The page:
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Ligaments Laxity and Elongation at Injury in Flexed knees during Lateral Impact Conditions
- Sahar Benadi - LAB PSA Renault (Nanterre – France) Univ Lyon, Univ Gustave ,
- Xavier Trosseille - LAB PSA Renault (Nanterre – France) ,
- Philippe Petit - LAB PSA Renault (Nanterre – France) ,
- Jérôme Uriot - CEESAR (Nanterre – France) ,
- Yoann Lafon - Univ Lyon, Univ Gustave Eiffel, Univ Claude Bernard Lyon 1, ,
- Philippe Beillas - Univ Lyon, Univ Gustave Eiffel, Univ Claude Bernard Lyon 1,
ISSN: 1532-8546, e-ISSN: 2993-1940
Published June 27, 2023 by The Stapp Association in United States
Citation: Benadi, S., Trosseille, X., Petit, P., Uriot, J. et al., "Ligaments Laxity and Elongation at Injury in Flexed knees during Lateral Impact Conditions," Stapp Car Crash Journal 66(1):2022, https://doi.org/10.4271/2022-22-0003.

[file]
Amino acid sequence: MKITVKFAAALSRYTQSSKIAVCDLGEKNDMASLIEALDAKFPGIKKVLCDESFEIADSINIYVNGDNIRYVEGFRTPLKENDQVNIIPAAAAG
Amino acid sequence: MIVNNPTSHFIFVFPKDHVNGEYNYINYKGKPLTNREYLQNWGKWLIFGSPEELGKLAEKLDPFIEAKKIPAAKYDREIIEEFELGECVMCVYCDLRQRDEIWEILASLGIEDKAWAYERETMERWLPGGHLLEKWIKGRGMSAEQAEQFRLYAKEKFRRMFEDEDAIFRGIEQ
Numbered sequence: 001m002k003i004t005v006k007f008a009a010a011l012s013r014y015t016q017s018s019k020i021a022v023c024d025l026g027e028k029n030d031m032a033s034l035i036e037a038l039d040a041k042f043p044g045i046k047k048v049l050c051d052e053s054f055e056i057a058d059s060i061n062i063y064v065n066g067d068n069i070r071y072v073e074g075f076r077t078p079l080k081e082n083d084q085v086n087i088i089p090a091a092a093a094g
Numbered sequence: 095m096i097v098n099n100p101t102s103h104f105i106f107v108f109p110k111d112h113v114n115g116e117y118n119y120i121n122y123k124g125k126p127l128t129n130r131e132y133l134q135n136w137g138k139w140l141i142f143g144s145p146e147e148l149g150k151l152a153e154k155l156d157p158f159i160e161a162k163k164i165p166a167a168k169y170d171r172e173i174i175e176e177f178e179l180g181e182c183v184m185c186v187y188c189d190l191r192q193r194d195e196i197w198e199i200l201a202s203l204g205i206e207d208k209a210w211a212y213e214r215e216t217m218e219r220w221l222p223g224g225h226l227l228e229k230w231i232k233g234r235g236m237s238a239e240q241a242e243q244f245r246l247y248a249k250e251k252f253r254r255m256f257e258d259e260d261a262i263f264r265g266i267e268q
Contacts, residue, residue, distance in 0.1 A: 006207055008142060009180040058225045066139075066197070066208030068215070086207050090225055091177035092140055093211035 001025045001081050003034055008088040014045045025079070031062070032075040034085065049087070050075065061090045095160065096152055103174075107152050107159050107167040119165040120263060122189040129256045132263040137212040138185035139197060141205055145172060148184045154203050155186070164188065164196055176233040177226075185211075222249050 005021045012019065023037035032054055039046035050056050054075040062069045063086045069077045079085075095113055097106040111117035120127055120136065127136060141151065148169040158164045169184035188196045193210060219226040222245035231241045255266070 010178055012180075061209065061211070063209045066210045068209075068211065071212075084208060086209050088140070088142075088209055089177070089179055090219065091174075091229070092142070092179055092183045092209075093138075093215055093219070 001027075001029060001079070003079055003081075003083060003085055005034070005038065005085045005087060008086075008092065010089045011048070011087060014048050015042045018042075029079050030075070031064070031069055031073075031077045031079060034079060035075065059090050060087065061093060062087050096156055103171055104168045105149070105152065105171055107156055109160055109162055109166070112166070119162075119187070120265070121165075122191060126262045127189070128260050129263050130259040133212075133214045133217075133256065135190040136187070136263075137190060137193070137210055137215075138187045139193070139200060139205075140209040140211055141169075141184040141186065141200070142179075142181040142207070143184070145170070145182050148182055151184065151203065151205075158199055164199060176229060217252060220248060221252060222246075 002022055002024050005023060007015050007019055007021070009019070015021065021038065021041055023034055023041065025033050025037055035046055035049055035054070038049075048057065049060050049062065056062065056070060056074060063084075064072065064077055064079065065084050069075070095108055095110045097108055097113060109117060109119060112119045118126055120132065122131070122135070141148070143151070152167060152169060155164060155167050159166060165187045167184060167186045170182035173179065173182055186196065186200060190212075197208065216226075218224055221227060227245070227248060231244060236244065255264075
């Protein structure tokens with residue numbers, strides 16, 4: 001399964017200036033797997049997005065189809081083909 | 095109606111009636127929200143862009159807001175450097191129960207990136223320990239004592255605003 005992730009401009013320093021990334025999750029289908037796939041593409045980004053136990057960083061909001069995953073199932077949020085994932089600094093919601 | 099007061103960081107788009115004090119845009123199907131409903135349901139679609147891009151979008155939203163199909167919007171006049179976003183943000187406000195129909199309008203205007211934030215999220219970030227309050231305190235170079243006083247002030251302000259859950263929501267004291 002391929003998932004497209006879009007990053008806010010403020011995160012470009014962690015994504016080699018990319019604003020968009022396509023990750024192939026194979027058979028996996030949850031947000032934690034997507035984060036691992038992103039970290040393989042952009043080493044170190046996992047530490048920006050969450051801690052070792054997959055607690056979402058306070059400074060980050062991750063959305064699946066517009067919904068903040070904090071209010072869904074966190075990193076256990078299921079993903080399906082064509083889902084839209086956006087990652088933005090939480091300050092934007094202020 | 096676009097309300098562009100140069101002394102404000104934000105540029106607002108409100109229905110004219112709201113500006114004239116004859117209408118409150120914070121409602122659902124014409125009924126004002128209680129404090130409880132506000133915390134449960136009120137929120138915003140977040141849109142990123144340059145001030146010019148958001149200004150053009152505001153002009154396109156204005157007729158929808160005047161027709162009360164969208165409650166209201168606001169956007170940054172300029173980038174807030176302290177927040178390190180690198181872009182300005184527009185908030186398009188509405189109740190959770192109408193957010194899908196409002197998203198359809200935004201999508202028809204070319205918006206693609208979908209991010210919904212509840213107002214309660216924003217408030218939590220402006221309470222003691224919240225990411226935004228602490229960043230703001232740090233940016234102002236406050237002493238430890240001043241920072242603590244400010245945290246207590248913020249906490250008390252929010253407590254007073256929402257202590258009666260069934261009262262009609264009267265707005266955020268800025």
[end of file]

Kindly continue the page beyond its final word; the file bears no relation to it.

The knee is one of the regions of interest for pedestrian safety assessment. Past testing to study knee ligament injuries for pedestrian impact only included knees in full extension and mostly focused on global responses. As the knee flexion angle and the initial ligament laxity may affect the elongation at which ligaments fail, the objectives of this study were (1) to design an experimental protocol to assess the laxity of knee ligaments before measuring their elongation at failure, (2) to apply it in paired knee tests at two flexion angles (10 and 45 degrees). The laxity tests combined strain gauges to measure bone strains near insertions that would result from ligament forces and a custom machine to exercise the knee in all directions. Failure was assessed using a four-point bending setup with additional degrees of freedom on the axial rotation and displacement of the femur. A template was designed to ensure that the two setups used the exact same starting position. The protocol was applied to six pairs of knees which were tested until the failure of all ligaments. In the laxity tests, a higher compliance of the knee was observed at 45 degrees compared to 10 degrees. Minimum lengths associated with the beginning of bone loading were also successfully identified for the collateral ligaments, but the process was less successful for the cruciate ligaments. The failure tests suggested increased elongation and length at failure for the ligaments and their bundles at 45°. This could be consistent with the higher compliance in static test, but the minimum lengths identified on the collaterals did not explain this difference during failure. The results highlight the possible relationship between position, laxity and elongation at failure in a lateral loading and provide a dataset including 3D coordinates of insertions to continue the investigation using a modelling approach. Perspectives are also outlined to improve upon the laxity determination protocol.